Zimbardo told the guards that they could not use physical violence but that they had to maintain order, and that if the prisoners escaped the experiment was over. They gave them uniforms and police equipment.
The prisoners were taken to jail with their eyes covered to confuse them about their location, they were stripped naked and dressed in prison clothes. There are photographs and videos of certain moments of the experiment.
Nothing had prepared participants and investigators for what happened next: the guards began to implement authoritarian measures on the prisoners and even tortured them psychologically.
Several prisoners showed signs of psychological distress. Some prisoners revealed themselves but many passively accepted the psychological abuse of the guards and following their orders actively burdened the other prisoners who tried to stop the abuse.
The study’s own researcher, Zimbardo, who adopted the role of director of the prison, allowed the abuse to continue and admits that he lost his perspective as a scientist and psychologist.
In the end two of the prisoners abandoned the experiment. The study was supposed to last two weeks, but the brutality exhibited by the guards and the suffering of the prisoners was so intense that they had to put an end to it after six days.
This study gave a graphic illustration of how a situation or system can condition the behavior of a “good” individual.
Zimbardo interpreted that the guards acted as they did because they assumed blindly the role assigned to them, in the same way that he did as the director of the prison.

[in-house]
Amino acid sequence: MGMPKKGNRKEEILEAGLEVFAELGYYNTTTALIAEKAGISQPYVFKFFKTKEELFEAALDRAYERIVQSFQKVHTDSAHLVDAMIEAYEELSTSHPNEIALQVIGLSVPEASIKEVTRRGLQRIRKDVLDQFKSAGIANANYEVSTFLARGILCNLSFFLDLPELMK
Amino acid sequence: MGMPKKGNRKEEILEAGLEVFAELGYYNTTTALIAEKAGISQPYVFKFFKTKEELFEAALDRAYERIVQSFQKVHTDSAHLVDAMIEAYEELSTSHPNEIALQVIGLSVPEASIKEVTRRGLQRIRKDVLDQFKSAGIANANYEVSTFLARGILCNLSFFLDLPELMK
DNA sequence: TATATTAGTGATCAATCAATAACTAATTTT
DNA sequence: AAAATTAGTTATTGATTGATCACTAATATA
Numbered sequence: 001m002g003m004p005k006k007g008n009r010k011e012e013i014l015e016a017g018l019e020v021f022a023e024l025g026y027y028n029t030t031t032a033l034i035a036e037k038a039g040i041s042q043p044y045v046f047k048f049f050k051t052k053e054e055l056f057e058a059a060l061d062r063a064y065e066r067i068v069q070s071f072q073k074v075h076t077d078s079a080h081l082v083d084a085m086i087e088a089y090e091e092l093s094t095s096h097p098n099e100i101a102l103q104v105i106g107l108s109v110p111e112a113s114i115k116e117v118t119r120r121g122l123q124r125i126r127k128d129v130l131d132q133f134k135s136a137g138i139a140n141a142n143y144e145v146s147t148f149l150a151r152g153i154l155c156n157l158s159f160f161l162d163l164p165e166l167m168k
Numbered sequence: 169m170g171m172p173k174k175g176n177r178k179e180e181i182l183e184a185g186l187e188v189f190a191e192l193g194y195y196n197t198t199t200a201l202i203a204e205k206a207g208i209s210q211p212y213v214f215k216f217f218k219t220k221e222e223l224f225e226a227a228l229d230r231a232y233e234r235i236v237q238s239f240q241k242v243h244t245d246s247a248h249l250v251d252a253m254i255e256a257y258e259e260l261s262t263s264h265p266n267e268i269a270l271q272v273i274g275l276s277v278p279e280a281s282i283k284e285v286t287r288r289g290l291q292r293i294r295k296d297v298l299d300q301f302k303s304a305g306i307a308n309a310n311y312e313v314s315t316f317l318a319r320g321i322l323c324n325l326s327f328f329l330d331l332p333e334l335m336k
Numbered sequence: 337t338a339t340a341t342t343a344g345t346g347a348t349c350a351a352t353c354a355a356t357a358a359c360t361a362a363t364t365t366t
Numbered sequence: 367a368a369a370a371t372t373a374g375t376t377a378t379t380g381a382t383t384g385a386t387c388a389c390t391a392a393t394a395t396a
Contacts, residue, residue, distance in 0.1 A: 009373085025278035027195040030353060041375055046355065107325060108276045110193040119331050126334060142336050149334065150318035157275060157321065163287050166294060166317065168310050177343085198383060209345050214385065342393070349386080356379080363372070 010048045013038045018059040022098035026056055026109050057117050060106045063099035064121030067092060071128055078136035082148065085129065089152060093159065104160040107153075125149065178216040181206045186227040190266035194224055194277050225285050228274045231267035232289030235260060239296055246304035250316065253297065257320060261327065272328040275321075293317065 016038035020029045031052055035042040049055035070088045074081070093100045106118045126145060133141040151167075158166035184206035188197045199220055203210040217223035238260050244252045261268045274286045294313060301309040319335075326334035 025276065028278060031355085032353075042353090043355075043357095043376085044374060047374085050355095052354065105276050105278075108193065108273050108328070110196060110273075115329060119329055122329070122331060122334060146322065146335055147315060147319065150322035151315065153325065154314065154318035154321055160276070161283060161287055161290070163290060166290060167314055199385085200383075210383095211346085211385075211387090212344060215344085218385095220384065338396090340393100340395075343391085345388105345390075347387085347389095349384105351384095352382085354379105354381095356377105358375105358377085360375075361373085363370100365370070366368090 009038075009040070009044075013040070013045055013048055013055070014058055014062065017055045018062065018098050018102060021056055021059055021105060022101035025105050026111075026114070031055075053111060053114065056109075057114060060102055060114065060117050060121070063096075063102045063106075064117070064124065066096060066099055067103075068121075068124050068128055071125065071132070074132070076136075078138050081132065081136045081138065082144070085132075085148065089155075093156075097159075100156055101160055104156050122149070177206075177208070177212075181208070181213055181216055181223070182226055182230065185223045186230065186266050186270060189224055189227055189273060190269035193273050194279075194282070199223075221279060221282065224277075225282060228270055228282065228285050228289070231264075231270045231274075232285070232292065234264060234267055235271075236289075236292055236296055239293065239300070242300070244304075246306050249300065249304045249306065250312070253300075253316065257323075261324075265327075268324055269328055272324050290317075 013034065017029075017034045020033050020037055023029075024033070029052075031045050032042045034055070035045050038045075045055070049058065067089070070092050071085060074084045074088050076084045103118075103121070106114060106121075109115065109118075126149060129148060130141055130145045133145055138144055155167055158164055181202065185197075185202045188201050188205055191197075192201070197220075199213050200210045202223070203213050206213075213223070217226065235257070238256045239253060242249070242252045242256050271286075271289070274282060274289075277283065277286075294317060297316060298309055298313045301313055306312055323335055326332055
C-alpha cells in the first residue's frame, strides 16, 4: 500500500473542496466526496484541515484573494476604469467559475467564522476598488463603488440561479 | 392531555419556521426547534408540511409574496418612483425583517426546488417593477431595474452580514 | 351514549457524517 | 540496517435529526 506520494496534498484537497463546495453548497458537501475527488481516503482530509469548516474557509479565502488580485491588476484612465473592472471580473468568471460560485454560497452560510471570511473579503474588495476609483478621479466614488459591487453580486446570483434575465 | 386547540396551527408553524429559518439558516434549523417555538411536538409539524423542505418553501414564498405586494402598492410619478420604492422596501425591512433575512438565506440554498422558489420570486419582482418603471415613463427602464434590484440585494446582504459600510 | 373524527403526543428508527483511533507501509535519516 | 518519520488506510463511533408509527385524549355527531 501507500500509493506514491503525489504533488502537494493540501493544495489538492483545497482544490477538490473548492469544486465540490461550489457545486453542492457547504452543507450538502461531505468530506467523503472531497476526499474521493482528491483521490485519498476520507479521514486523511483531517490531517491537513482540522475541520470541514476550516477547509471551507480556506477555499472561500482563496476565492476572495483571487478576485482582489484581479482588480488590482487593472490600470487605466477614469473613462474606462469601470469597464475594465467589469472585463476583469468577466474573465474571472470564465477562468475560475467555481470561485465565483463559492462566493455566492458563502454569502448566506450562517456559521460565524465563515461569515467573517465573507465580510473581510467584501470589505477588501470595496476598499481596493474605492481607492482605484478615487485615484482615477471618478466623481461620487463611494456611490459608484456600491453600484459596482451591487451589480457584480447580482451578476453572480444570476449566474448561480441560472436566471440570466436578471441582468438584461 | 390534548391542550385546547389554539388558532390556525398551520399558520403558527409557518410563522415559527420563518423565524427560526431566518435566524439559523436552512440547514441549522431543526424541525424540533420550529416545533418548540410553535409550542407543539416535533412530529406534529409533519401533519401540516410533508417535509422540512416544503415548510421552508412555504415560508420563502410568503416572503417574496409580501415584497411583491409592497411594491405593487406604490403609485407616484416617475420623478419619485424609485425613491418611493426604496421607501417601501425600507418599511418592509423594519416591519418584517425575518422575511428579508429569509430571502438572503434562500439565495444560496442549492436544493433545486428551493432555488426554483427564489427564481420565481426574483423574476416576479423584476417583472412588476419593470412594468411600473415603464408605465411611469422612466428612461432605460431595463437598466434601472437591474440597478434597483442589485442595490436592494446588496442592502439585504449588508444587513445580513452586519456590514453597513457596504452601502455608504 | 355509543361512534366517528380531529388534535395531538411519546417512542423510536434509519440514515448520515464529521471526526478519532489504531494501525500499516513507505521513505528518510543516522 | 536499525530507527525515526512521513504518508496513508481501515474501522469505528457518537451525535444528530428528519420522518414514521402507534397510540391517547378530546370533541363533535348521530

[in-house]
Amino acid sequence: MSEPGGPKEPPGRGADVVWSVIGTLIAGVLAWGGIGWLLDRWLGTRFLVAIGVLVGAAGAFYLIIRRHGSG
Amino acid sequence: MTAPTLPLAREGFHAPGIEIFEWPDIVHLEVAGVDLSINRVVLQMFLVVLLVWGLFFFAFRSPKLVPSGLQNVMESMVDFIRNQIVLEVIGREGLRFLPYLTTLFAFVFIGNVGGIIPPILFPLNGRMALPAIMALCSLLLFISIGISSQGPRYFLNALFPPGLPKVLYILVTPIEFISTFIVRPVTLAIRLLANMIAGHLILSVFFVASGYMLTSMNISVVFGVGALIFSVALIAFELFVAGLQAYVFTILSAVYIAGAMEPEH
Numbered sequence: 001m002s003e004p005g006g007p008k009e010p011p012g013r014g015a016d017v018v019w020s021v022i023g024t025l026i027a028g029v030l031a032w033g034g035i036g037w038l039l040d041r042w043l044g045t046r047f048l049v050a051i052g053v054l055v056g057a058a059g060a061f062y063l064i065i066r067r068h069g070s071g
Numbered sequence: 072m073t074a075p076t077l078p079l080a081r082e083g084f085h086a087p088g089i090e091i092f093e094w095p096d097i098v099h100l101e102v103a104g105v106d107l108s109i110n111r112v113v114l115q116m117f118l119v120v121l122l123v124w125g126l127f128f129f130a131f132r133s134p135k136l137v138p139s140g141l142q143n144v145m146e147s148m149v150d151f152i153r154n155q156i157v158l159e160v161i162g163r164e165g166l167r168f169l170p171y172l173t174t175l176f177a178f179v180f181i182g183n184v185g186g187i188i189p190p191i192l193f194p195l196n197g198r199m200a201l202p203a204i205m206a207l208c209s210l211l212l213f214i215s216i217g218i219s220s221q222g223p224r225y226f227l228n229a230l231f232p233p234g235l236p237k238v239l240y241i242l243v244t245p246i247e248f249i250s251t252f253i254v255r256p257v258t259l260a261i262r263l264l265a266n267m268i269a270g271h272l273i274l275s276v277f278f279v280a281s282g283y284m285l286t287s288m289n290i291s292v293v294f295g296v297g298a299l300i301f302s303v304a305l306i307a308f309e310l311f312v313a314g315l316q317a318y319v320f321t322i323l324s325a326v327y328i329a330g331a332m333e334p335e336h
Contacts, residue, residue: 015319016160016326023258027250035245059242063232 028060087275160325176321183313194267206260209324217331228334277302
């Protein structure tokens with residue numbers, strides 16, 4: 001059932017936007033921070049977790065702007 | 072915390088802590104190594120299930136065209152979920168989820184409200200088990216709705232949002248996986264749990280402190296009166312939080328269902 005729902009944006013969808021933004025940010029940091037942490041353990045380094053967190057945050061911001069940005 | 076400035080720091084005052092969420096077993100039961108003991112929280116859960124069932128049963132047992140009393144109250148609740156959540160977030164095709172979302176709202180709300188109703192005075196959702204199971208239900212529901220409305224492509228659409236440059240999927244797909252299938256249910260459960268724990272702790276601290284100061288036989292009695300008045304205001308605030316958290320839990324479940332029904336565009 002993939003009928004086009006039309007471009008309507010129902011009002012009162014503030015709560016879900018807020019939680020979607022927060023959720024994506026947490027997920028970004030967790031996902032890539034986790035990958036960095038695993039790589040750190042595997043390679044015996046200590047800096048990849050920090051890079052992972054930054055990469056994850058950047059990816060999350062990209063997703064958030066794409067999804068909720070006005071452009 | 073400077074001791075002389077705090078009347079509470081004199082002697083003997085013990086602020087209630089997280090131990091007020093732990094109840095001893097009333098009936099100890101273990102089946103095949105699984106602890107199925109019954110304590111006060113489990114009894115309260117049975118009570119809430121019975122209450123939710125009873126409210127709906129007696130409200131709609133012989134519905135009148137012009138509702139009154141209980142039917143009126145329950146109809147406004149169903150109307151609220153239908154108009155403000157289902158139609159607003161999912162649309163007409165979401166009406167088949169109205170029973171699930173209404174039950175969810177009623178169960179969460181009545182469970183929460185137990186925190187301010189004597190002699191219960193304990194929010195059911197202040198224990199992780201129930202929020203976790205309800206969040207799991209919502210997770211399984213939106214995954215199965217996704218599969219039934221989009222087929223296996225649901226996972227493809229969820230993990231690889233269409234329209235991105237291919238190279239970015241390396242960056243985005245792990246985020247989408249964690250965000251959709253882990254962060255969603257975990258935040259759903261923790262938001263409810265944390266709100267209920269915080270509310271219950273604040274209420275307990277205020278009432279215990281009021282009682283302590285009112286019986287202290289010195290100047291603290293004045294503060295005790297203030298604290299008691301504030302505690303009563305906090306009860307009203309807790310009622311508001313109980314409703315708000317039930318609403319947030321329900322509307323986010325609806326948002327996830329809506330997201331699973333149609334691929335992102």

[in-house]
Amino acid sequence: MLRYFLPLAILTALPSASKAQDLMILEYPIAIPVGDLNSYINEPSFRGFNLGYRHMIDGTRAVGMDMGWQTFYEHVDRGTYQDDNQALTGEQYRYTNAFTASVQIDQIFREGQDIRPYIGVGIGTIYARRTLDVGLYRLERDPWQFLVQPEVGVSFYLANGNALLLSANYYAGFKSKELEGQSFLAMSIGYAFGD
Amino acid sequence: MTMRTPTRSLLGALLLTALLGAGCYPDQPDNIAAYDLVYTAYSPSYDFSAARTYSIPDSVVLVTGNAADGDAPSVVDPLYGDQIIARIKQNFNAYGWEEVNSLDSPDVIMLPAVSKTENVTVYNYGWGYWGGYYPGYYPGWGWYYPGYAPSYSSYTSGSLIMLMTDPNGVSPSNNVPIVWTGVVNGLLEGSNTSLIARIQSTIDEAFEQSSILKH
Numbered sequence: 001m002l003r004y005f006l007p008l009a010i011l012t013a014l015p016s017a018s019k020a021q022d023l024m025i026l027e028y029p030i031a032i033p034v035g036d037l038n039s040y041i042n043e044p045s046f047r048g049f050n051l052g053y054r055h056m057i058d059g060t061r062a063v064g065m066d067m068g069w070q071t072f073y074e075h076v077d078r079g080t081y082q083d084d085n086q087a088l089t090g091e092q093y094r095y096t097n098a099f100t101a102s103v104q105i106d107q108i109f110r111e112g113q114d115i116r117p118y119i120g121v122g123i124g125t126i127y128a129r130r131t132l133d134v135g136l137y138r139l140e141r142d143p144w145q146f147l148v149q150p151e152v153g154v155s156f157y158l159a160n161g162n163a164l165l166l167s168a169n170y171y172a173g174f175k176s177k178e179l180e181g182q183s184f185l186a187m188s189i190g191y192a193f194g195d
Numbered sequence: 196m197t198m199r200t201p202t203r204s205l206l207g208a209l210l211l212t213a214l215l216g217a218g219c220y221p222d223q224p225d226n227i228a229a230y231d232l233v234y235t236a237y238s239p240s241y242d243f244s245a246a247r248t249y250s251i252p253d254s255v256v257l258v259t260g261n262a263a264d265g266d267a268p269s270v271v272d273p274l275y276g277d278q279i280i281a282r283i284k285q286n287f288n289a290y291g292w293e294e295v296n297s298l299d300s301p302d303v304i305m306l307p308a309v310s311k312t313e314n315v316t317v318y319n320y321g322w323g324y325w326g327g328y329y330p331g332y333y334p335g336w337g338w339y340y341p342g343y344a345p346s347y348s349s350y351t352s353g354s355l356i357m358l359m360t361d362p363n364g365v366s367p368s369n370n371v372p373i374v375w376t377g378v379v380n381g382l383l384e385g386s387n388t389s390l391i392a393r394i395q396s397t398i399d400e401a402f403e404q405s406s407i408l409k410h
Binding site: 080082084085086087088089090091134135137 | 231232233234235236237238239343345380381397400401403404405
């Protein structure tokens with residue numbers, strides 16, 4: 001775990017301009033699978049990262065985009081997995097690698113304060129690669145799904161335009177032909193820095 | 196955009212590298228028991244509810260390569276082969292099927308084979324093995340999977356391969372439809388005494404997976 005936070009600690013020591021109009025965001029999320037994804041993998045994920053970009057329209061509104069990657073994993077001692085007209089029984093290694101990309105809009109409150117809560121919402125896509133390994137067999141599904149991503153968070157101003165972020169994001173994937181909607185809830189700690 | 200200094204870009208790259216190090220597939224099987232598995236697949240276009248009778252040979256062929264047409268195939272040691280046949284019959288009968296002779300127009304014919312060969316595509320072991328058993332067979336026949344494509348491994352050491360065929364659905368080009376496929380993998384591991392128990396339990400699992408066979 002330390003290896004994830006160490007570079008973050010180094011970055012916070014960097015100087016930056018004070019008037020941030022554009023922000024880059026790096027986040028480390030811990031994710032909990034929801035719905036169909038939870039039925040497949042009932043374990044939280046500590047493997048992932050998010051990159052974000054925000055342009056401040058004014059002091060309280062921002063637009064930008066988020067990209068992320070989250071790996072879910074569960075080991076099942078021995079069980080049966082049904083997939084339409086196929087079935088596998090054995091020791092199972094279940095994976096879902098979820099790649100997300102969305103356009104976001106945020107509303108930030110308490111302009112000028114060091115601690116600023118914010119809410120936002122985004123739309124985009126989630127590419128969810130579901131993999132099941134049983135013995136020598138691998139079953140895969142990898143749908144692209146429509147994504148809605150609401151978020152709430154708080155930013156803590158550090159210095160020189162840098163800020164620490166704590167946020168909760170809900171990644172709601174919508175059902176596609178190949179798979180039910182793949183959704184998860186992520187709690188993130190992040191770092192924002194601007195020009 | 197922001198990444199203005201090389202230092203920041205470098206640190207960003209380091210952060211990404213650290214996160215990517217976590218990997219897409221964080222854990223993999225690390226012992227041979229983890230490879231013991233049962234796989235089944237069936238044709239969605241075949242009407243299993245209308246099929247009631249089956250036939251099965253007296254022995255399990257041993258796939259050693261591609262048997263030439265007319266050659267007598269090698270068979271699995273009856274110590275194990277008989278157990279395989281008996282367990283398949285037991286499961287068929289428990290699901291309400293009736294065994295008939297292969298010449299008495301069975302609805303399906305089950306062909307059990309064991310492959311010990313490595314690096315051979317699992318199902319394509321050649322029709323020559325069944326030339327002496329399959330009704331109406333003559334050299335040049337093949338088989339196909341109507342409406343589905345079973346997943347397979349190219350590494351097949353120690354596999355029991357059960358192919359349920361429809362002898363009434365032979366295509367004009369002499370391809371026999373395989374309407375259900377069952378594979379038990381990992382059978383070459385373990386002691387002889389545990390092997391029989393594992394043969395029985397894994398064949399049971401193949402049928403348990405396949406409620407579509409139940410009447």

3. The experiment with the little Albert ( 1920 )
In 1920 a 9-month-old American baby was used for a series of controversial experiments. He went on to the history of psychology as “Little Albert” (Little Albert) and for much of the twentieth century his true identity and destiny were a mystery.
The experiments with little Albert, which were partially recorded on video, became a reference for the study of fear.
The results, which were published in February 1920 in the journal Journal of Experimental Psychology , have been widely cited in the history of psychology literature.
But the lack of ethical regulation of them today is eerily cruel.
The lead researcher, John B. Watson, and his assistant student, Rosalie Rayner, exposed little Albert to various “stimuli” at the Johns Hopkins University Hospital in Maryland, United States.
Watson wanted to prove what could condition a child to feel fear before a distinctive stimulus that normally would not cause fear, that is, generate a phobia to an emotionally stable child.
His proposal is based on classical conditioning, also called Pavlovjian conditioning, stimulus-response model or learning by associations, demonstrated for the first time by the famous Ivan Pavlov.
In this experiment, the researchers had Albert touch a monkey, a dog, a rabbit and a white laboratory rat without the baby showing any signs of fear. They also exposed him to cotton balls, fur coats and masks, among other objects.
Then the researcher exposed the child to those same animals but every time Albert touched one of them they scared him with the loud noise of a hammer hitting a steel bar.
After repeating this association between the two stimuli, when he was introduced to Albert, only the rat became very nervous, started crying and tried to crawl away.
The animal, which used to be a “neutral stimulus”, had become conditioned.
Several researchers tried to determine Albert’s true identity, but there are no conclusive studies. Some say he was the son of a nurse at the hospital or a worker who did not know they were using the baby for a study.
While Watson had talked about what could be done to remove Albert’s conditional fear, he apparently did not have time to work on his desensitization, so it is likely that the baby kept his fear of hairy things after the experiment.
Today, this type of experiment that can harm the participating subjects is totally forbidden.